Sunday, February 29, 2004

Anticipating the Oscars

Academy Awards show could become the night of 'The Rings,' but we might see some surprises

By Margaret A. McGurk
The Cincinnati Enquirer

The Lord of The Rings: The Return of the King may lead the Oscar race.

With 11 nominations, The Lord of The Rings: The Return of the King stands to dominate tonight's 76th Academy Awards ceremony.

Oddsmakers are saying that the final entry in Peter Jackson's filmed version of the J.R.R. Tolkien novels is likely to win best-picture honors - thereby breaking one of the most stubborn biases in Oscar history.

The list of fantasy and science-fiction movies that have ended up on the also-ran list on Oscar nights through the years reads like an All-Star roster: E.T.: The Extraterrestrial. Indiana Jones and the Raiders of the Lost Ark. Star Wars.All are among the most popular and influential movies of the last 25 years; none received a best-picture Oscar. None of the three Matrix films even scored a nomination.

What: The 76th Academy Awards and pre-ceremony arrivals
Where: Channels 9, 2
When: 8 p.m. today (red-carpet arrivals); ceremony starts 8:30 p.m.
On cable: E! and WGN air red-carpet arrivals, 6-8 p.m.

Our critic: Who will win, who should win

However, the accolades for Return of the King did not extend to its cast. No cast members were nominated in the acting categories. (Ian McKellen earned a supporting-actor nomination for the first film in 2001.) The same phenomenon struck Master and Commander: The Far Side of the World, with 10 nominations, and Seabiscuit, with seven - none for acting.

Mystic River, widely hailed as Clint Eastwood's best work since the Oscar-winning Unforgiven (1992), has six nominations, including best picture and director, as well as acting nods for Sean Penn (actor), Tim Robbins (supporting actor) and Marcia Gay Harden (supporting actress).

Cold Mountain, on the other hand, is absent from best-picture, director and other key categories, except acting, where Jude Law (actor) and Renee Zellweger (supporting actress) carry the film's banner.

The one and only nomination for Monster went to Charlize Theron (best actress), who obliterated her glamour-girl image to play a murderous, alcoholic prostitute.

Among the year's surprises are 13-year-old Keisha Castle-Hughes of Whale Rider, the youngest nominee ever in the best-actress category, and Bill Murray, who wowed critics with his skillful turn in Lost in Translation, which picked up four nominations (including best picture) and made Sofia Coppola the first American woman nominated for best director.

Though its power as a TV ratings draw has been drifting downward recently, this year the Oscars ceremony is expected to draw a big TV audience, thanks to the popularity of the Rings films.

As always, the Academy has recruited a crowd of big stars to pump up the glamour quotient. Presenters include Julia Roberts, Tom Cruise, Tom Hanks, John Travolta, Pierce Brosnan, Angelina Jolie and Sandra Bullock.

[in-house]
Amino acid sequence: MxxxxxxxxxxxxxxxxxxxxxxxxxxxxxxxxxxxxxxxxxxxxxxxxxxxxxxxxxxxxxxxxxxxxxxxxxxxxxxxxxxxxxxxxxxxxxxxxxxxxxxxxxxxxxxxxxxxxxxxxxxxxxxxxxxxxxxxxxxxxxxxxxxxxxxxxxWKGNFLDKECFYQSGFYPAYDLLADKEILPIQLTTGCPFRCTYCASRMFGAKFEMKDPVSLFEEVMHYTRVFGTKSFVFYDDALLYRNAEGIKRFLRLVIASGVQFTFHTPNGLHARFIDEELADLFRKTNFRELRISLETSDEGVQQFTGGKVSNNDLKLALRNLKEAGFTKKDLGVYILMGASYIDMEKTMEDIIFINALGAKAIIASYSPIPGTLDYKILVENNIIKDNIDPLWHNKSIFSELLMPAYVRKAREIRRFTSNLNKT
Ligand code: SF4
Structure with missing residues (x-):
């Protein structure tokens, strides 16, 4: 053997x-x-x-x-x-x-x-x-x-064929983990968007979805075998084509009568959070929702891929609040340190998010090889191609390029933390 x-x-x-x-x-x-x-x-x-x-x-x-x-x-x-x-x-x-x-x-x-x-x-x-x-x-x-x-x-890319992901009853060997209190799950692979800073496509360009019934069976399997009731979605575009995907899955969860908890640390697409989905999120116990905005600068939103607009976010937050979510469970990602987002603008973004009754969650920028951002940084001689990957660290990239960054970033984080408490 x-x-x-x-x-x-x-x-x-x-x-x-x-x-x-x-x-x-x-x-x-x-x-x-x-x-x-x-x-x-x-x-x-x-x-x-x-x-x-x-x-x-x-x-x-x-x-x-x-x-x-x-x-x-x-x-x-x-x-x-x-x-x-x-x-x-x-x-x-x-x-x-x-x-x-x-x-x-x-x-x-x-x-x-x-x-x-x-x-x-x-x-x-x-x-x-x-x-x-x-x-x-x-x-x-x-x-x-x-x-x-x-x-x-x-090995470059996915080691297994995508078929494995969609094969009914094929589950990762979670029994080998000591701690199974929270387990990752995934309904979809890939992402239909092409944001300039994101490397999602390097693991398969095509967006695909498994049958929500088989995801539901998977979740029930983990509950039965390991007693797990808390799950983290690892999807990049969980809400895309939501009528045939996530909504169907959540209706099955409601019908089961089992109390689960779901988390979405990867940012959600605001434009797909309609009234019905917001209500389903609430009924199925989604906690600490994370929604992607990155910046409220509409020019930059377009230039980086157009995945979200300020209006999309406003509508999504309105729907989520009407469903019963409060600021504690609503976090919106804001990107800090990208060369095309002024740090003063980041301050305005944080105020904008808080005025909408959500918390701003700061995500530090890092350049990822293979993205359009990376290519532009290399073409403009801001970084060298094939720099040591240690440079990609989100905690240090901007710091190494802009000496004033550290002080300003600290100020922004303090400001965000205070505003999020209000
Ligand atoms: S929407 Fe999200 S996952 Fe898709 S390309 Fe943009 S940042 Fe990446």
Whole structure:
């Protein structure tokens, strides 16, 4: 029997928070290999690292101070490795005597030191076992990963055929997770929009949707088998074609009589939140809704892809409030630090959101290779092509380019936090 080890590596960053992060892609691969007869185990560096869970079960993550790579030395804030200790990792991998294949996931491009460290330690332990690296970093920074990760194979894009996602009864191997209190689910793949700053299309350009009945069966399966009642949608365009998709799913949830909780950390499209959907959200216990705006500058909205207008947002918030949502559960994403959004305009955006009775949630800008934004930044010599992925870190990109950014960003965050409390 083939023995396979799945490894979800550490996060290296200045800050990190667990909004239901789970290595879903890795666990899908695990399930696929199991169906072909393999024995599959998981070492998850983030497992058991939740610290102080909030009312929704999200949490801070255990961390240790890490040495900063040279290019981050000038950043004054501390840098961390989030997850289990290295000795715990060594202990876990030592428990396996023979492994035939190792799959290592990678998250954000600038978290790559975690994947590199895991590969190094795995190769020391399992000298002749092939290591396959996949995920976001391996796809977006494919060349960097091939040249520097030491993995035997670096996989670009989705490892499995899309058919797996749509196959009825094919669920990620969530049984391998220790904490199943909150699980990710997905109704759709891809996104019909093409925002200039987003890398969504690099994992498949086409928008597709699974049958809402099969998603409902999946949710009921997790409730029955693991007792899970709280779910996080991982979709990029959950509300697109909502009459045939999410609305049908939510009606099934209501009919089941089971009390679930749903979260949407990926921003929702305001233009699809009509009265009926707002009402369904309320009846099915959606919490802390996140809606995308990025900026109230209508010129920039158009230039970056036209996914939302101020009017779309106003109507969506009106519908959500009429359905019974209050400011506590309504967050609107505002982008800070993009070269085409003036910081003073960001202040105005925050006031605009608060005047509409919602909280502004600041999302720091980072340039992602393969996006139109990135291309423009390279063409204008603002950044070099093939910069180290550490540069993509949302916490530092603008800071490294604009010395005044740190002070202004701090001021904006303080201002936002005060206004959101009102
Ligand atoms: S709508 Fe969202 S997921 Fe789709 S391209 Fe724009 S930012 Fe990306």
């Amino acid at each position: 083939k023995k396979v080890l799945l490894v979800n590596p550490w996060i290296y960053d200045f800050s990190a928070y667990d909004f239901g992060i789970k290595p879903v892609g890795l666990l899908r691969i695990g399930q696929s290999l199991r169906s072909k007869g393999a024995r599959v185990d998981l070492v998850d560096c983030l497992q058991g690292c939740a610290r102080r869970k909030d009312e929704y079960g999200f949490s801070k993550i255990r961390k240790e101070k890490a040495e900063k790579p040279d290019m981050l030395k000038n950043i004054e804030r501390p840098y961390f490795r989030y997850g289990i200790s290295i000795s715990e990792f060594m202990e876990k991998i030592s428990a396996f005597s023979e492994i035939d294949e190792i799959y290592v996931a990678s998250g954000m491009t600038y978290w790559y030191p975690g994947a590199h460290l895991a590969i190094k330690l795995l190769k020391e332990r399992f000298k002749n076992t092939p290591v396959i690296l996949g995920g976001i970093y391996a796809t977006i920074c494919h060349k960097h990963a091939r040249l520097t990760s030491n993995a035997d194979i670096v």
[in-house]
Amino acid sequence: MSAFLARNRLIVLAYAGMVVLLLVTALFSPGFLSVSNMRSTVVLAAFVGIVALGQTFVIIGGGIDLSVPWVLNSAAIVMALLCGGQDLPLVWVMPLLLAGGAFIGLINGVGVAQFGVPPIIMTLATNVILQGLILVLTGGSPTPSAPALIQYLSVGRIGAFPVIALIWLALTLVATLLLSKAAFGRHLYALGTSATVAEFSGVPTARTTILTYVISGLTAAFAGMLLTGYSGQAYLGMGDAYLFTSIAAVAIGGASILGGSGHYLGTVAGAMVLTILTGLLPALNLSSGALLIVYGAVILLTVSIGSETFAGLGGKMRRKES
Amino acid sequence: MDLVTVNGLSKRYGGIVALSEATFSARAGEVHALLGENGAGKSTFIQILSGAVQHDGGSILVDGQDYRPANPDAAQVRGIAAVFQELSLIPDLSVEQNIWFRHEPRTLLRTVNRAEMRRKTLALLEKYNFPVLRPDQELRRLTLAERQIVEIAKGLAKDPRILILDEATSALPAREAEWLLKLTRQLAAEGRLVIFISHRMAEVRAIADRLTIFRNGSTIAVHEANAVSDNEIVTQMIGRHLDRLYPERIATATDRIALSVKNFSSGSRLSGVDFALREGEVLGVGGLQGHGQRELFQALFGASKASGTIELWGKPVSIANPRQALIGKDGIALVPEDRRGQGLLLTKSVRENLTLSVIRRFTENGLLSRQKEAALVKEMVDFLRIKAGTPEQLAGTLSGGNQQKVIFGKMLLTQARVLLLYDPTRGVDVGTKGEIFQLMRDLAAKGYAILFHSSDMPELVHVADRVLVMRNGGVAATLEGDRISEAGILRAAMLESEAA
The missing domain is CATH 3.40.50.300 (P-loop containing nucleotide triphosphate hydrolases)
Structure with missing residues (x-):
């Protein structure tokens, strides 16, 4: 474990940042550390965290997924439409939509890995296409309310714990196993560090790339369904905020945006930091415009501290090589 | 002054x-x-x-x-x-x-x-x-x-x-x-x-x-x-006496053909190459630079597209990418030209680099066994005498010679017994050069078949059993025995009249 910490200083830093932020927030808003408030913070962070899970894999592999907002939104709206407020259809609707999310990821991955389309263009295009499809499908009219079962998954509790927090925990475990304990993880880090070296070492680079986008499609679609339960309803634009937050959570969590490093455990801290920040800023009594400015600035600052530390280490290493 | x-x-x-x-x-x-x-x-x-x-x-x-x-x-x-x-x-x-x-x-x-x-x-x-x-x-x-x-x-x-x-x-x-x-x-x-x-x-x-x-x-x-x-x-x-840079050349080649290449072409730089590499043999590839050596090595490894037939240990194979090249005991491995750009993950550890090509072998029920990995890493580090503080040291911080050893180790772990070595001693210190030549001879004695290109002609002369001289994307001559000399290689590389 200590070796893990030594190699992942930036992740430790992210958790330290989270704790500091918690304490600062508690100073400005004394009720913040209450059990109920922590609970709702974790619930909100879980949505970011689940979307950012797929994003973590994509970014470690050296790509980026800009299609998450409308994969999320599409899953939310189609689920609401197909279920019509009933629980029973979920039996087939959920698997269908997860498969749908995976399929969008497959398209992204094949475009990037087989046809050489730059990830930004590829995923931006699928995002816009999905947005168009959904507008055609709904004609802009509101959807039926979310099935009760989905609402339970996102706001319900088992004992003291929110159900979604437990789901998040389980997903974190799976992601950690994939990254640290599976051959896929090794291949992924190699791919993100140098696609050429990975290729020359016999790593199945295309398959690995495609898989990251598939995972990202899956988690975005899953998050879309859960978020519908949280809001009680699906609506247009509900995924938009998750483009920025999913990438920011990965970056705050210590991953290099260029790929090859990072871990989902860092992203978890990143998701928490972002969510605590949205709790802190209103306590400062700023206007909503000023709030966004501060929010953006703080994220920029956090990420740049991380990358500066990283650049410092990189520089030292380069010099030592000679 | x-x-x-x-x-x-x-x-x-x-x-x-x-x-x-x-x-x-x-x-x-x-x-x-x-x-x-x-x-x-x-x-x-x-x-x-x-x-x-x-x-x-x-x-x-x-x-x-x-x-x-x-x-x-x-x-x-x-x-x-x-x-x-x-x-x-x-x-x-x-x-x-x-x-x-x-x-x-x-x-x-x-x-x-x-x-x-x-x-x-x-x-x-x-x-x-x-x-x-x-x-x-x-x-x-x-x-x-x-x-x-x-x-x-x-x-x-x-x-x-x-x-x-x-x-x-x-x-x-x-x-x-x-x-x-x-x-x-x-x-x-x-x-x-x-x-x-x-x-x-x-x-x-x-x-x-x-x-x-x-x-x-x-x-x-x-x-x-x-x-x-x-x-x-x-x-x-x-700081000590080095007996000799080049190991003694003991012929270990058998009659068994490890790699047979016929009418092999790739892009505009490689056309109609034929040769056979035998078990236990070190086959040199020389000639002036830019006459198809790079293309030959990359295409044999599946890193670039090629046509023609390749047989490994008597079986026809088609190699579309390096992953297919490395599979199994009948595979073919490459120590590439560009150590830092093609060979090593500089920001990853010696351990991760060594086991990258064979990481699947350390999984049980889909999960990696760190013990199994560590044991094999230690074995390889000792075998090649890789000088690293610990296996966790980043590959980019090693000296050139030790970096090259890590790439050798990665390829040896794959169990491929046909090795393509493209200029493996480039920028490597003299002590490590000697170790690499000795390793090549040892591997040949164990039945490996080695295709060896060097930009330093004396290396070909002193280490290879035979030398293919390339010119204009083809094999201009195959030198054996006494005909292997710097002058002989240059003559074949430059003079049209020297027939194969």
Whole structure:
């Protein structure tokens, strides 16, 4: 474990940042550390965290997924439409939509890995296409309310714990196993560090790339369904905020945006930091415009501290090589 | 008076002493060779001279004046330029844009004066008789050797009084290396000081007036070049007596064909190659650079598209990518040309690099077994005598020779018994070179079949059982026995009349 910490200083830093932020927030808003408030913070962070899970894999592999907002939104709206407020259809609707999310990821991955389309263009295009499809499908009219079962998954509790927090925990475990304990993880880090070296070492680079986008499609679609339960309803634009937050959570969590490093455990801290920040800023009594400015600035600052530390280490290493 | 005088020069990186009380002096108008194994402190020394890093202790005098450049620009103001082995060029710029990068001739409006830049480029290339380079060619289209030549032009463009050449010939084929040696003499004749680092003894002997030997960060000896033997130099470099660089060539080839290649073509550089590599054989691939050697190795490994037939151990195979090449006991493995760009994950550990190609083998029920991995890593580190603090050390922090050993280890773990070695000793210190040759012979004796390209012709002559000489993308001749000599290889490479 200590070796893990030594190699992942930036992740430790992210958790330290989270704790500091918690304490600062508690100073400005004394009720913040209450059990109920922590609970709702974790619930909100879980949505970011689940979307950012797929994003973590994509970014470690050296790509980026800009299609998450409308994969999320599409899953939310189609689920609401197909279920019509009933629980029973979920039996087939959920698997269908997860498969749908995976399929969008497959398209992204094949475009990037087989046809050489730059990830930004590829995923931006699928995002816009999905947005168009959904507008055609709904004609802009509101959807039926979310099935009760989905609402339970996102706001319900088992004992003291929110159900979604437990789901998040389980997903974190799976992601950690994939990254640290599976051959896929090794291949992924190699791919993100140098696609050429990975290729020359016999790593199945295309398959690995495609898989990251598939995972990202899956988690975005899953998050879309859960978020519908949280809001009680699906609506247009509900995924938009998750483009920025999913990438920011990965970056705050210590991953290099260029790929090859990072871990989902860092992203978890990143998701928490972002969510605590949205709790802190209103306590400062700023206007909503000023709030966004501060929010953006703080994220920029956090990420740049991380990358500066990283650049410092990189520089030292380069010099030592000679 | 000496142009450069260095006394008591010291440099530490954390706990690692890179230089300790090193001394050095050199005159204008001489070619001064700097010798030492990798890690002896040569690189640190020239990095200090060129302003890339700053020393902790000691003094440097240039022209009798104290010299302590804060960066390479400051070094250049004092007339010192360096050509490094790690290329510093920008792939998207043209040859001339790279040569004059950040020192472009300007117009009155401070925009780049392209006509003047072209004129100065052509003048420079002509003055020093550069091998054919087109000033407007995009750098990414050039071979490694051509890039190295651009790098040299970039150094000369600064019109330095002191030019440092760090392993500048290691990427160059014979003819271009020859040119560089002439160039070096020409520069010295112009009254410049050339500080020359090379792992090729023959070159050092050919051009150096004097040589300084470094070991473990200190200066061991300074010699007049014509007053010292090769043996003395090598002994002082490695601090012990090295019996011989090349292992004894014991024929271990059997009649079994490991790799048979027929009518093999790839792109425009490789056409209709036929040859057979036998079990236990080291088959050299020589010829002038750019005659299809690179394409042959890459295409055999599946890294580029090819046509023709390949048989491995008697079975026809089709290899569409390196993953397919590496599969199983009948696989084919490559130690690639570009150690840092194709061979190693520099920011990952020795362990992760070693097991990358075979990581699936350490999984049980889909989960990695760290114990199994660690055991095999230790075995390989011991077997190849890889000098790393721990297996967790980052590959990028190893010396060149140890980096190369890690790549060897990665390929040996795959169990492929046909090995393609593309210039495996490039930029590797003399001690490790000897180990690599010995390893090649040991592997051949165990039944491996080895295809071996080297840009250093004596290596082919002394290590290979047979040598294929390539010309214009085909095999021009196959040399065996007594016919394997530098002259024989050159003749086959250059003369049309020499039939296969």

With the furor still alive over Janet Jackson's surprise breast-baring during the Super Bowl, ABC has imposed a tape-delay system to guard against dirty words and naked skin, though it promises not to delete political statements and first-time show producer Joe Roth (Mona Lisa Smile) has encouraged winners to create Oscar "moments" that will spur water cooler talk.

The Academy also has changed its timetable; after years of holding the ceremony in late March, this year the festivities arrive a month early. The move to February meant a shorter season for campaigning, which entails such traditions as buying huge ads in trade papers and visiting Los Angeles retirement homes to lobby for votes from Academy members.

It also meant less time for the Academy's 5,803 members to see the movies, which is why such an outcry greeted an industry plan to bar studios from sending videotape and DVD screeners to voters in an effort to stem the tide of movie piracy. Eventually, the ban was lifted, and independent films - which some feared the ban would hurt the most - fared well, with nods for American Splendor, Whale Rider, City of God and Monster.

The ban did end up costing character actor Carmine Caridi his Academy membership. Caridi became the first person ever stripped of Academy privileges after he admitted violating the no-sharing pledge required from those who received screening copies. Some of his screeners ended up in the hands of a man later accused of posting the movies on the Web.

The earlier ceremony also undercut the alleged influence of the Golden Globes, which gained a reputation as a precursor to the Oscars only because of its timing. Under the new schedule, Oscar nominating ballots were already filed by the time the Clobes were unveiled last month.

There is another change this year: Bleacher seats outside the Kodak Theater are normally awarded by lottery. Not so for 2004, because all the spots were filled with fans bumped from last year's festivities. In 2003, the bleachers were scrapped as part of an effort to tone down the glitz in the face of the then-impending war in Iraq.

Anticipating the Oscars
Our critic: Who will win, who should win
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